Friday 24 August 2012 3:22pm
What development path should New Zealand’s cities take to ensure that maximum environmental, economic, social and cultural benefits can be gained? This question is the focus of a newly funded collaborative research project representing the first major attempt to get to grips with an issue critical to our nation’s future.
The University of Otago-led project, “Resilient Urban Futures”, has been awarded more than $9 million in funding over four years through the Ministry of Business, Innovation & Employment 2012 investment round announced yesterday.
The project research team, headed by the New Zealand Centre for Sustainable Cities, links five universities (Otago, Victoria, Auckland, Massey and Canterbury), NIWA and the Motu Public Policy Research Group, with end-users from 14 local councils, central government, iwi groups, developers and community groups.
Centre Director Professor Philippa Howden-Chapman says that the researchers will explore which of several possible urban futures in the new green economy will be most resilient, liveable and competitive.
“This is a question which so far has not been seriously addressed in this country and given 87% of our population lives in cities and towns, it is crucial for the future of New Zealand to get the answer right,” Professor Howden-Chapman says.
The research will involve six cities; Auckland, Hamilton, Tauranga, Kapiti, Wellington and Christchurch, and will compare the broad costs and benefits and qualities of two possible urban development paths. The first path emphasises more compact development within existing urban areas while the other focuses on further ‘greenfield’ development on the outskirts of cities.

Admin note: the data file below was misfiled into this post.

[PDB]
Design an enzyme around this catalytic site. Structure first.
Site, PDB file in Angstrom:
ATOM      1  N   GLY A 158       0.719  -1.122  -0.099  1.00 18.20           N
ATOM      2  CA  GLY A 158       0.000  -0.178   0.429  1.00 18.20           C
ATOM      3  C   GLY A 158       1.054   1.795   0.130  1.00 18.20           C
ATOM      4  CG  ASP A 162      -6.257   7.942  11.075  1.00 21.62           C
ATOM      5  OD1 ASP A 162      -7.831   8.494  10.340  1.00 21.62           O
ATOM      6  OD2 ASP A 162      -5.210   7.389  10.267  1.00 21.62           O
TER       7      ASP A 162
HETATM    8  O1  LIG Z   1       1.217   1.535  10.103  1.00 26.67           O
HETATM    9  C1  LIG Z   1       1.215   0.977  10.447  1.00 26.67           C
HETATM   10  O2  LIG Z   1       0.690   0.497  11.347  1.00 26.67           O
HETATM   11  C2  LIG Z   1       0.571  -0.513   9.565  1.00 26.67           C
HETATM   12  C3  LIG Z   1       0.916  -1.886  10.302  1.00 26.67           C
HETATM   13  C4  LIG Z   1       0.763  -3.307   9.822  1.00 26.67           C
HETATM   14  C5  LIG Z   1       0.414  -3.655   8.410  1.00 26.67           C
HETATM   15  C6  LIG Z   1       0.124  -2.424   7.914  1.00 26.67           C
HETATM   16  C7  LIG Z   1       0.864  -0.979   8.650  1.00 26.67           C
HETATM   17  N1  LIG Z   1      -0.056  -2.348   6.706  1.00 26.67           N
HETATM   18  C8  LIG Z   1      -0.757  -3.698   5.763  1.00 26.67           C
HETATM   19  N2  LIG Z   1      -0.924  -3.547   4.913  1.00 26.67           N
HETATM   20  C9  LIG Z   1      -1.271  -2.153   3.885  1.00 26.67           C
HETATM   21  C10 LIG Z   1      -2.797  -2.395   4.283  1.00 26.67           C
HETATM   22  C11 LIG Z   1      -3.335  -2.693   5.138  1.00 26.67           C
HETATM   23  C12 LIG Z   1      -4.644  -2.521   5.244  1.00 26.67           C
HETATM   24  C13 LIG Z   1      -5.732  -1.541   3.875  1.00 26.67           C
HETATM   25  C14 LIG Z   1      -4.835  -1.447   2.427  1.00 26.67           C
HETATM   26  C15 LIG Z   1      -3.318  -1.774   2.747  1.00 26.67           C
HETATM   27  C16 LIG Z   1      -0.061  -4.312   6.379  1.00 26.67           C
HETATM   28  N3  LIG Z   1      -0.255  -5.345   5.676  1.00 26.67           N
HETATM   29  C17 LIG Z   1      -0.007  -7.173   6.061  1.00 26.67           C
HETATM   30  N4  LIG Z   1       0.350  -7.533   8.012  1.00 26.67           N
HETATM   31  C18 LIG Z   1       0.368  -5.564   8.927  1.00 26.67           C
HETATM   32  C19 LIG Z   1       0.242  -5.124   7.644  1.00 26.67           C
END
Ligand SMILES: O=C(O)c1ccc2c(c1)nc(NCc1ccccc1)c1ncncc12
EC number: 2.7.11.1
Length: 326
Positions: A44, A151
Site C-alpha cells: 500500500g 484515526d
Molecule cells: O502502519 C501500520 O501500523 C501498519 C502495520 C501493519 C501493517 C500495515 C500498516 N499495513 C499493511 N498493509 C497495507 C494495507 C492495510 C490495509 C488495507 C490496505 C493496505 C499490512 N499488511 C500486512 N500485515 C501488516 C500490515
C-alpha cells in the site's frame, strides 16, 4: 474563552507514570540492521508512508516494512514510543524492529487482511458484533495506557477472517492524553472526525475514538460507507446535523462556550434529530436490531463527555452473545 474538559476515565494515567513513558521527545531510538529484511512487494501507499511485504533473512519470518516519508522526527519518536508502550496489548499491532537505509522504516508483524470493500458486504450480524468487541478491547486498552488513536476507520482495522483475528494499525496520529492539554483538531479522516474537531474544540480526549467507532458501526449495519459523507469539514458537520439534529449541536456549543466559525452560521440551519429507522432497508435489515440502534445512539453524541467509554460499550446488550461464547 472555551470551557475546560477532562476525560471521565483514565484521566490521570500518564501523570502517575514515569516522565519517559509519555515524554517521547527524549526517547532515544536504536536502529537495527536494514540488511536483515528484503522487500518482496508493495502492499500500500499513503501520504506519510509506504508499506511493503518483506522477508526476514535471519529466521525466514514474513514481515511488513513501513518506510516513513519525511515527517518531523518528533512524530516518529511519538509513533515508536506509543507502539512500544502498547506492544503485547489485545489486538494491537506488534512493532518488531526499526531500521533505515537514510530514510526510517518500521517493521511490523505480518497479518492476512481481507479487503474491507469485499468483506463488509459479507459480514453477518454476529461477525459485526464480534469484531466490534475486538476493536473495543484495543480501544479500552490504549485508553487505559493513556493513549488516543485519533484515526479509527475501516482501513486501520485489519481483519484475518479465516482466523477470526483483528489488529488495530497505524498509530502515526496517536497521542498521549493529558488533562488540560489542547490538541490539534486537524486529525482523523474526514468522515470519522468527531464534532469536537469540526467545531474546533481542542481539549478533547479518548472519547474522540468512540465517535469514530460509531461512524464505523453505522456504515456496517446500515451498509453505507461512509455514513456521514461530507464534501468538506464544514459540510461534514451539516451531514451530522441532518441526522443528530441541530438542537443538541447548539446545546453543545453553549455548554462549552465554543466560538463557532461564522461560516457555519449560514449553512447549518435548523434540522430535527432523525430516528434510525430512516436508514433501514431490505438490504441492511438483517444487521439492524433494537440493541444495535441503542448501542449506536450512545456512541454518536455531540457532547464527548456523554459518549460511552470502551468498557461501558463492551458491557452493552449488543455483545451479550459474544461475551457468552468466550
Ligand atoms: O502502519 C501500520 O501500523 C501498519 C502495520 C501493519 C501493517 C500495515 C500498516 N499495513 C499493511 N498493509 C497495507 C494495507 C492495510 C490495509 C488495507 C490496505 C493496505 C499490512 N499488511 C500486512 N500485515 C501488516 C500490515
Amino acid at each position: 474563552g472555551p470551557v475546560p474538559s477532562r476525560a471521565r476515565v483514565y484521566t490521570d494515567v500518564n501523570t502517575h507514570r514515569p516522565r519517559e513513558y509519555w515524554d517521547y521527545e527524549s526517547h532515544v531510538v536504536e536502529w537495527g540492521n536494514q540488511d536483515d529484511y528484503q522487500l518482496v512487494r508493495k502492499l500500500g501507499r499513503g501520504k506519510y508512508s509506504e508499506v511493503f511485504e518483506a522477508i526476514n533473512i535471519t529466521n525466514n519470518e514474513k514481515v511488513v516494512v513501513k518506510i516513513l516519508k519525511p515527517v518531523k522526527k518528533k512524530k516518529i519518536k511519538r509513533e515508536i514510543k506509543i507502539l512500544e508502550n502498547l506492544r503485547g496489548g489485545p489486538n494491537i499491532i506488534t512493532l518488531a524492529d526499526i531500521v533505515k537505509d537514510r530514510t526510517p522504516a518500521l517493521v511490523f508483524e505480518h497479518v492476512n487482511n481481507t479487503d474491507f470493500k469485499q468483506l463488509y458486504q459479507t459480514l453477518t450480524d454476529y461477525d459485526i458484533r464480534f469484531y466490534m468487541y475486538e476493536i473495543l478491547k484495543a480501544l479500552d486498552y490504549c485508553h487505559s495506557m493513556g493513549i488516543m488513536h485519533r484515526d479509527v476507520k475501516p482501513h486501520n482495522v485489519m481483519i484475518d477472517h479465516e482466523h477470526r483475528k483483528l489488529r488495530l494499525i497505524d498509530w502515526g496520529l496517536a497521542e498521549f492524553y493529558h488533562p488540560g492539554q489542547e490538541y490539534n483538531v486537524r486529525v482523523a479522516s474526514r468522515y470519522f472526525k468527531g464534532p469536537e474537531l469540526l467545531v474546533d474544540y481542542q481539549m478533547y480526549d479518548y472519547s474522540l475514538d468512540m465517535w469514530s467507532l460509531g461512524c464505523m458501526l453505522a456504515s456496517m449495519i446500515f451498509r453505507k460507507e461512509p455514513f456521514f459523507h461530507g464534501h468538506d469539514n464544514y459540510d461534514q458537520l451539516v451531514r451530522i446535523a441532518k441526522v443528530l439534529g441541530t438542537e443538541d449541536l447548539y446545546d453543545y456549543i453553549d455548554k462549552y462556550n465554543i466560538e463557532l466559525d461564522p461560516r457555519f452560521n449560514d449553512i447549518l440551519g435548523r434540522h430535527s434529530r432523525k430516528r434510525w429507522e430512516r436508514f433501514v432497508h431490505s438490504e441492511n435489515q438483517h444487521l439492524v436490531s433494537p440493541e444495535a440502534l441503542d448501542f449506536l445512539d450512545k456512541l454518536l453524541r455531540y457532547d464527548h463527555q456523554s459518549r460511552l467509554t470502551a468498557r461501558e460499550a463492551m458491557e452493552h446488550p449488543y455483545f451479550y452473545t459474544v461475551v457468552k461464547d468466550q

The researchers will extend their geographically-based models to integrate environmental impacts on air and water with other outcomes of urban developments. These outcomes include different land-use, housing and transport patterns, and varying co-benefits for people’s health and welfare.
They will also analyse the possible efficiencies of local and inter-city infrastructure, in particular impacts of ultra-fast broadband, and transport links between the ports of Auckland, Tauranga and Whangarei, and the proposed inland port at Hamilton.
The important roles of iwi with Treaty settlement resources in urban development, finance and governance of such infrastructure will also be explored through working closely with a number of iwi groups, Professor Howden-Chapman says.
“Overall, this research will deliver New Zealand’s first comprehensive framework for considering urban futures – one that accounts for cities as complex systems and is informed by case studies – to enable government, developers and iwi to have a clear idea of the broad future consequences of different urban investment decisions.”
The project is one of three University of Otago-led research contracts funded in the Ministry’s 2012 investment round. The other two projects involve looking at energy uses in New Zealand’s homes, small businesses and the transport sector to see how they can become more energy efficient; and developing infant formula that mimics the effect of human milk in enriching the bacterial collection in baby bowels with bifidobacteria. Otago researchers gained $13.2 million in the round.
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